To date, not a single person has been charged for engaging in pedophilia with child prostitutes in Bosnia – and among the accused are several Americans.

Kudos to Brian Ross for digging into yet another U.N. atrocity. Didier Bourguet is the tip of a scandalous iceberg. For the sake of young girls and women in U.N. peacekeeping regions around the world, let’s hope the rest of the American MSM do a better job of jumping on the story than they did with Darfur, Oil for Food, and Rwanda.


Other coverage:

The Belmont Club from November 2004.

The UK Times Online reported in December 2004 on videos of Congolese girls being raped:

The prospect of the pornographic videos and photographs — now on sale in Congo — becoming public worries senior UN officials, who fear a UN version of the scandal at the American-run Abu Ghraib jail in Iraq. “It would be a pretty big problem for the UN if these pictures come out,” one senior official said.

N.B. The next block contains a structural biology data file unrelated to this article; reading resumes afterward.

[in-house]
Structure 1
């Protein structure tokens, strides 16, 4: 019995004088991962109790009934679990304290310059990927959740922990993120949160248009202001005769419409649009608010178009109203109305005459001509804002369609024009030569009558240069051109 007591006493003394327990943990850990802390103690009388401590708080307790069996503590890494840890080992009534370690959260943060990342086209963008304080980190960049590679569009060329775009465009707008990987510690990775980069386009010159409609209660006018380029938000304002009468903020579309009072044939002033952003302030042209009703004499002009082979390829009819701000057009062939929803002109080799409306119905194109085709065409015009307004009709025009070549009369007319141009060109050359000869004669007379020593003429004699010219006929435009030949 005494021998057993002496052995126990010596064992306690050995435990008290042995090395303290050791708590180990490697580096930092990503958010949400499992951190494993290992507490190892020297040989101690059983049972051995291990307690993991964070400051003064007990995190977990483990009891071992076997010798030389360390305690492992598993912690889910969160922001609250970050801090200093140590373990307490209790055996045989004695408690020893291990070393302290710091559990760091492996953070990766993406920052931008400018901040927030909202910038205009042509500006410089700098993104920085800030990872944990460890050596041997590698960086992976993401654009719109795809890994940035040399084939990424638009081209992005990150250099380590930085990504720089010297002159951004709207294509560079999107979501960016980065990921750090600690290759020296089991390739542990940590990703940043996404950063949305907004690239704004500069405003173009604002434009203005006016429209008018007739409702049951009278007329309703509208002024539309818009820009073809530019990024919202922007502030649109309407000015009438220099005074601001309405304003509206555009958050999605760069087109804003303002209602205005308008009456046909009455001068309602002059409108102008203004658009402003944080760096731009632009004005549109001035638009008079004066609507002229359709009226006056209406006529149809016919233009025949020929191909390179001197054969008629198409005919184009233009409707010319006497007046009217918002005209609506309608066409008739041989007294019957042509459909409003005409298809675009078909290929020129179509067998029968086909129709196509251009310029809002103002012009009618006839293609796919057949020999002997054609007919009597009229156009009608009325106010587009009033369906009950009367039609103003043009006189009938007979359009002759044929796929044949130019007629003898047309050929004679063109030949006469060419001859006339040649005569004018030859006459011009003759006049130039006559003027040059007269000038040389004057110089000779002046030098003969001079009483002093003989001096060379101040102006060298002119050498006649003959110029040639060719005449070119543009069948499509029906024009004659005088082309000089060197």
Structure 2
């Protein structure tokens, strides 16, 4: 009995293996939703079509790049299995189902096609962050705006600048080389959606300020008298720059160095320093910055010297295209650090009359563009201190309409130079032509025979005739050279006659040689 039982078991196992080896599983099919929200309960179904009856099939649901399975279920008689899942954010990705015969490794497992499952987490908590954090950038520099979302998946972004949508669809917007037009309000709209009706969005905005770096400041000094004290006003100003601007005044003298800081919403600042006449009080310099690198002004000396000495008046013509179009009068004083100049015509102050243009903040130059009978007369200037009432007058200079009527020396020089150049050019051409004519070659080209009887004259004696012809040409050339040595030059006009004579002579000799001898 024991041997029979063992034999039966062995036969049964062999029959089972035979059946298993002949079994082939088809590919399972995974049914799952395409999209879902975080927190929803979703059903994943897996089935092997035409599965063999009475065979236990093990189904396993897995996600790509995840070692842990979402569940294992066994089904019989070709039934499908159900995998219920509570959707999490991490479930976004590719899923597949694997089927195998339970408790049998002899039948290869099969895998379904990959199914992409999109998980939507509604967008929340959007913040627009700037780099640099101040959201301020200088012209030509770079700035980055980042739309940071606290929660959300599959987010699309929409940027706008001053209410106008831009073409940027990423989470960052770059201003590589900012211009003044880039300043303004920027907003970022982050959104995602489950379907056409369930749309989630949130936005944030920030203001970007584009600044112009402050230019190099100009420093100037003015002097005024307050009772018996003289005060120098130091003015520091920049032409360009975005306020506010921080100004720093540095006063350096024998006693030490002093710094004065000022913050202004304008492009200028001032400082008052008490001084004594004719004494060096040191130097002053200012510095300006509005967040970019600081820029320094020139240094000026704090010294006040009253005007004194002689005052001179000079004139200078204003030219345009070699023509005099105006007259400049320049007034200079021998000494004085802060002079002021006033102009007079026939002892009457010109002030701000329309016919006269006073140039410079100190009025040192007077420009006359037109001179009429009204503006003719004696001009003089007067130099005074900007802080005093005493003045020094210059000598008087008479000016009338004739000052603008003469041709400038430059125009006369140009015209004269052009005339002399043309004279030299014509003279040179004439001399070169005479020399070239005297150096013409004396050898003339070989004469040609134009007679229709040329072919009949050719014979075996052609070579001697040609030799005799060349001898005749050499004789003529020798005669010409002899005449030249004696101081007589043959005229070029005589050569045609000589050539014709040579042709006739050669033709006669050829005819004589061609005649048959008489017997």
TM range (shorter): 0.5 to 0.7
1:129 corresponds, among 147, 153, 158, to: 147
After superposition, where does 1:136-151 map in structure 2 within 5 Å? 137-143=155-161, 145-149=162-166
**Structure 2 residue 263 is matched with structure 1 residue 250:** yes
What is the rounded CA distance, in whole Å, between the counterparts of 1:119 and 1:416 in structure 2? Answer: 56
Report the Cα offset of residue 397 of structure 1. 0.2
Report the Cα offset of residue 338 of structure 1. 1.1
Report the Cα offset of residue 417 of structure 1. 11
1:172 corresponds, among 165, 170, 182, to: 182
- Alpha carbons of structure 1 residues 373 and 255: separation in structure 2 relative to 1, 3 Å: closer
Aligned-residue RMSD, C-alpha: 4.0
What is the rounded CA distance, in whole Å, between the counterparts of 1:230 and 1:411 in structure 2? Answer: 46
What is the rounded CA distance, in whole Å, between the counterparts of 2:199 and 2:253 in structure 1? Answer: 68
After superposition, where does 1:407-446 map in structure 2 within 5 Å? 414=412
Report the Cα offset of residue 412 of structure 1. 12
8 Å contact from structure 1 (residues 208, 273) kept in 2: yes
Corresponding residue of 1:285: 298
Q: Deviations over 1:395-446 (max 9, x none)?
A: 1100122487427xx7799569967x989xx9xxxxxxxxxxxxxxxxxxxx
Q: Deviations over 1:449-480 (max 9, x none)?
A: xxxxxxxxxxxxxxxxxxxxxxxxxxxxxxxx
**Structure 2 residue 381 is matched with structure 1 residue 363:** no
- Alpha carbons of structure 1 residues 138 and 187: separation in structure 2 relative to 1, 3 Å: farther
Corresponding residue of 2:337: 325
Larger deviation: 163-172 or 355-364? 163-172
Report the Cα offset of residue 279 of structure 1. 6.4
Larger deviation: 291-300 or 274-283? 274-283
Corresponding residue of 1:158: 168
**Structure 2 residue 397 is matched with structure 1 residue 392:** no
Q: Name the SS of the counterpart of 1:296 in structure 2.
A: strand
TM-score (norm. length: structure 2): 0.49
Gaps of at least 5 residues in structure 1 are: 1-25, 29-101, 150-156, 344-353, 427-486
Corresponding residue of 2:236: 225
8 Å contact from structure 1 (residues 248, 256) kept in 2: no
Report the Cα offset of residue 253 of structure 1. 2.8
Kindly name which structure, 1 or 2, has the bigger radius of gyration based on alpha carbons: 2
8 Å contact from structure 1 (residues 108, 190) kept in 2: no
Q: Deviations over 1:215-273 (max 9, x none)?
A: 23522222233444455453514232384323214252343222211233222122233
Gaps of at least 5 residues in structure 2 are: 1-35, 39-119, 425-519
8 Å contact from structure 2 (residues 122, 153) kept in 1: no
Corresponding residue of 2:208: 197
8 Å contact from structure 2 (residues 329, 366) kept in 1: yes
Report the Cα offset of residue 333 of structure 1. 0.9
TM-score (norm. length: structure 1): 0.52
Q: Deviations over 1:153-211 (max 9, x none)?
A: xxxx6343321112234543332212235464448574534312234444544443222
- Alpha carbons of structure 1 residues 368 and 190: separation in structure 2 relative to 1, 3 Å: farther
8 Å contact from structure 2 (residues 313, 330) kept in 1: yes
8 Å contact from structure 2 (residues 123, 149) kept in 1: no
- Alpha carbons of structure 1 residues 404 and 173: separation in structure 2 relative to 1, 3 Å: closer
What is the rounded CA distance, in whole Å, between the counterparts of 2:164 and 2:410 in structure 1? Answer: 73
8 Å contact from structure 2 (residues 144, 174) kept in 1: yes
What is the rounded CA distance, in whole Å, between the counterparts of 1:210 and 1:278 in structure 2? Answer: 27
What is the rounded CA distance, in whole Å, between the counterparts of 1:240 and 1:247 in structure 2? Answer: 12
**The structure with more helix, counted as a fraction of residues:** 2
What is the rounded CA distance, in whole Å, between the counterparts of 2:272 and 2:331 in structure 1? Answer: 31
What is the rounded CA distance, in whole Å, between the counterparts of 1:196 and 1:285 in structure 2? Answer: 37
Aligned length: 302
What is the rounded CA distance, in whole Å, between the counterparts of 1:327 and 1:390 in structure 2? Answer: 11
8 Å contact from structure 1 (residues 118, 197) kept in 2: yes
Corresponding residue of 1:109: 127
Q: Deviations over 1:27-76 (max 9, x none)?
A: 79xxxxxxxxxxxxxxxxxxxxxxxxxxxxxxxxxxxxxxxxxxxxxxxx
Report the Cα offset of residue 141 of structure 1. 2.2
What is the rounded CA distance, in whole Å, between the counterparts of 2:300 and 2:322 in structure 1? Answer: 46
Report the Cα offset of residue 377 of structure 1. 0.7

Investigations have already turned up 150 allegations of sexual misconduct by peacekeepers and UN staff despite the UN’s official policy of “zero-tolerance”. One found 68 allegations of misconduct in the town of Bunia alone.

UN insiders told The Times that two Russian pilots based in Mbandaka paid young girls with jars of mayonnaise and jam to have sex with them.

They filmed the sessions and sent the tapes to Russia. But the men were tipped off and left the area before UN investigators arrived.

The Moroccan peacekeeping contingent based in Kisangani — a town on the Congo River with no road links to the outside world — had one of the worst reputations. A soldier accused of rape was apparently hidden in the barracks for a year.

In July 2002 the rebel commander Major-General Jean Pierre Ondekane, who subsequently became Minister of Defence in a postwar transitional government, told a top UN official that all that Monuc (the United Nations Mission in the Democratic Republic of Congo) would be remembered for in Kisangani was “for running after little girls”.

An international organisation examining the sex trade between Monuc and local women found that in March there were 82 women and girls who had been made pregnant by Moroccan men and 59 more by Uruguayan men.

According to UN insiders, at least two UN officials — a Ukrainian and a Canadian — have had to leave the country after getting local women pregnant.